There may be a lack of tea or bread in the house but Mam and Dad always manage to get the fags, the Wild Woodbines. They have to have the Woodbines in the morning and anytime they drink tea. They tell us every day we should never smoke, it's bad for your lungs, it's bad for your chest, it stunts your growth, and they sit by the fire puffing away. (5.55)
Most heavy smokers know they're committing slow suicide. Angela and Malachy Sr. can't stop and they don't deny it. They didn't know about the link to lung cancer, but they knew the cigarettes made them short of breath and rotted their teeth. Get these people on the patch.
I want ye to go back down to that pub and read him out of it. I want ye to stand in the middle of the pub and tell every man your father is drinking the money for the baby. Ye are to tell the world there isn't a scrap of food in this house, not a lump of coal to start the fire, not a drop of milk for the baby's bottle. (7.150)
This episode's a turning point for Frank. Even he knows how you've hit rock bottom if you drink up money given for your baby.
Nora Molloy is inside screeching after Peter that […] if he brings that child home drunk she'll go to Scotland and disappear from the face of the earth.
Peter tells Mikey, Pay no attention to her, Cyclops. The mothers of Ireland are always enemies of the first pint. My own mother tried to kill my father with a frying pan when he took me for the first pint. (11.9-10)
Evidently, the wives of the Limerick drunks freak out at the thought of their sons being introduced to alcohol. But for the men, it's an important tradition of entering manhood at sixteen. Having your first beer doesn't have to be the beginning of a life as an alcoholic, but the tradition includes having all the men in the pub buying you a pint. Fortunately, Peter doesn't let that happen. He knows Nora would be furious, but the real reason is that he doesn't want Mikey to get sick and then never want to drink again. See our "Theme: Men and Masculinity" section for more on why a real man has to drink.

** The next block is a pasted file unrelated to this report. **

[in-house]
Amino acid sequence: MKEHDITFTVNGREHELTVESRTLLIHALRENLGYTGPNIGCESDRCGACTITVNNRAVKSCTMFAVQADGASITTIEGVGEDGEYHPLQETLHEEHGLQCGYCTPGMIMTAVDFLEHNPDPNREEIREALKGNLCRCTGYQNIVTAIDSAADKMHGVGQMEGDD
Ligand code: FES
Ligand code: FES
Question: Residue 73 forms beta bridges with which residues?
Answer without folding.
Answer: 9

This is my wife. She may be Irish but she doesn't look it, thank God. Like you. Irish. You'll need a drink, of course. You Irish quaff at every turn. Barely weaned before you clamor for the whiskey bottle, the pint of stout. (16.6)
The Irish are stereotyped as infamous for their drinking habits. How does McCourt's memoir prove or disprove the notion that the Irish are heavy drinkers?
Uncle Pa comes in and tells me sit next to him against the wall. The barman brings the pints, Uncle Pa pays, lifts his glass, tells the men of the pub, This is my nephew, Frankie McCourt son of Angela Sheehan, the sister of my wife, having his first pint, here's to your health and long life, Frankie, may you live to enjoy the pint but not too much. (17.10)
Uncle Pa makes a good point; alcohol doesn't have to be bad just as long as it's taken in moderation. Unfortunately for Frank, he drinks way too much that night and ends up hitting his mother. This is a slippery slope for Frank, especially since alcoholism runs in the family.